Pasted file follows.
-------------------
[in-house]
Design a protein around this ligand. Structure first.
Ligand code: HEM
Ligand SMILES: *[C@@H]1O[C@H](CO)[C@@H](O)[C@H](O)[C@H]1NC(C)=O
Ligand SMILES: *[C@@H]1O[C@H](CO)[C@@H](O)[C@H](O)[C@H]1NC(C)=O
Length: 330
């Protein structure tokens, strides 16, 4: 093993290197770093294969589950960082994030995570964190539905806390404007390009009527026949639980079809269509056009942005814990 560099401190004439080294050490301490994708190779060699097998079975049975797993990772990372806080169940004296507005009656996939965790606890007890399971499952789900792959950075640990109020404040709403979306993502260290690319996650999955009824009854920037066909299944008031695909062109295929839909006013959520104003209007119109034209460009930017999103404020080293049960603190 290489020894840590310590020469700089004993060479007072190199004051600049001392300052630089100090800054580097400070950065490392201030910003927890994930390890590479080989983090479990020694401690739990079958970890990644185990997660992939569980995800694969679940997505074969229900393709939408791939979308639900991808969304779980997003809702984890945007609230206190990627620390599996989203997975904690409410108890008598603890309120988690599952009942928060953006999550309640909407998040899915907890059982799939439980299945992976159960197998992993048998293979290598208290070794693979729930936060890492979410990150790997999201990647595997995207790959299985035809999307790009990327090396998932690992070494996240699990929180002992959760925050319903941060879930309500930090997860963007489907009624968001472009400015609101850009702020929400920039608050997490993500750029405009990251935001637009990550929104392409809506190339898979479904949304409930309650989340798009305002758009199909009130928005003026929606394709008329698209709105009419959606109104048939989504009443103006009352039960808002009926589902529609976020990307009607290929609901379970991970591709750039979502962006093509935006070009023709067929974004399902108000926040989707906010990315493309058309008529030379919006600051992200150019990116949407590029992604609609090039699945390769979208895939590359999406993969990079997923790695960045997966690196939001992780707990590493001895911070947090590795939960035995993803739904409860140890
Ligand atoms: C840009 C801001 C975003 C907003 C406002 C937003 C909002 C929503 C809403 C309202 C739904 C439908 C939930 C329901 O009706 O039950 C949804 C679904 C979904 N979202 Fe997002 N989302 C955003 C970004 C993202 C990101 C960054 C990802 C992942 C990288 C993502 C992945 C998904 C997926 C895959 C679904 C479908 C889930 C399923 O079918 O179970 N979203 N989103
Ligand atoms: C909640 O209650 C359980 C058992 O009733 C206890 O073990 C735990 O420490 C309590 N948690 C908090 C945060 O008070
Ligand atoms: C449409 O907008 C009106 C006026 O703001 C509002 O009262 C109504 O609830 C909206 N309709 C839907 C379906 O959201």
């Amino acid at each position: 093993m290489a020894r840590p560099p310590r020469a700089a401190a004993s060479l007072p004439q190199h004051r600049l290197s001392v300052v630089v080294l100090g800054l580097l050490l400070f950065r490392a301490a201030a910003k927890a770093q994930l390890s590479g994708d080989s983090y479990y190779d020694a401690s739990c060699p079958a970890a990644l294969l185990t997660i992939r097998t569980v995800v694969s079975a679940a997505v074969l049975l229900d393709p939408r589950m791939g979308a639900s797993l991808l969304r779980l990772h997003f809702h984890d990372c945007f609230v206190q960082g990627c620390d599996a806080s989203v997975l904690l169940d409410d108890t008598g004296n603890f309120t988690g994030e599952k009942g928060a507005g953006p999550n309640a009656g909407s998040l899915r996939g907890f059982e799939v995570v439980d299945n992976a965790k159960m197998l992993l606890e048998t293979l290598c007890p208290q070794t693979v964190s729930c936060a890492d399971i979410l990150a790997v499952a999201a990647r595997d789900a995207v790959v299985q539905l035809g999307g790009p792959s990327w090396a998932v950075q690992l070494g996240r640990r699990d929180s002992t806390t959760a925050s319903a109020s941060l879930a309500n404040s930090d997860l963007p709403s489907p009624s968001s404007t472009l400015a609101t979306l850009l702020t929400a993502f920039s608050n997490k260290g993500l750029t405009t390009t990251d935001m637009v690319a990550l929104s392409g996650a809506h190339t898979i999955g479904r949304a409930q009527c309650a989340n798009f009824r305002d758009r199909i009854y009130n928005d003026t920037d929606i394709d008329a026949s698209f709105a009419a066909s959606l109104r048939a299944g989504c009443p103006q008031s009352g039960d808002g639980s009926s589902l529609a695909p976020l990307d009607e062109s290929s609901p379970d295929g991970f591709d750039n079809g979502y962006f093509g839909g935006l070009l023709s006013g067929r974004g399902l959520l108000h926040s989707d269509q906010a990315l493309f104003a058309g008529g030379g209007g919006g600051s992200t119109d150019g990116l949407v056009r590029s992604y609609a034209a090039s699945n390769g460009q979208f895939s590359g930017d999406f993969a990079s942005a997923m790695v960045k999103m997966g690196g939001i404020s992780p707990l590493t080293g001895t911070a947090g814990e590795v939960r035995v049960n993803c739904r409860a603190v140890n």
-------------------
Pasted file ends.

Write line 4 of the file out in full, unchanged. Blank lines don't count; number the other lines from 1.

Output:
Ligand SMILES: *[C@@H]1O[C@H](CO)[C@@H](O)[C@H](O)[C@H]1NC(C)=O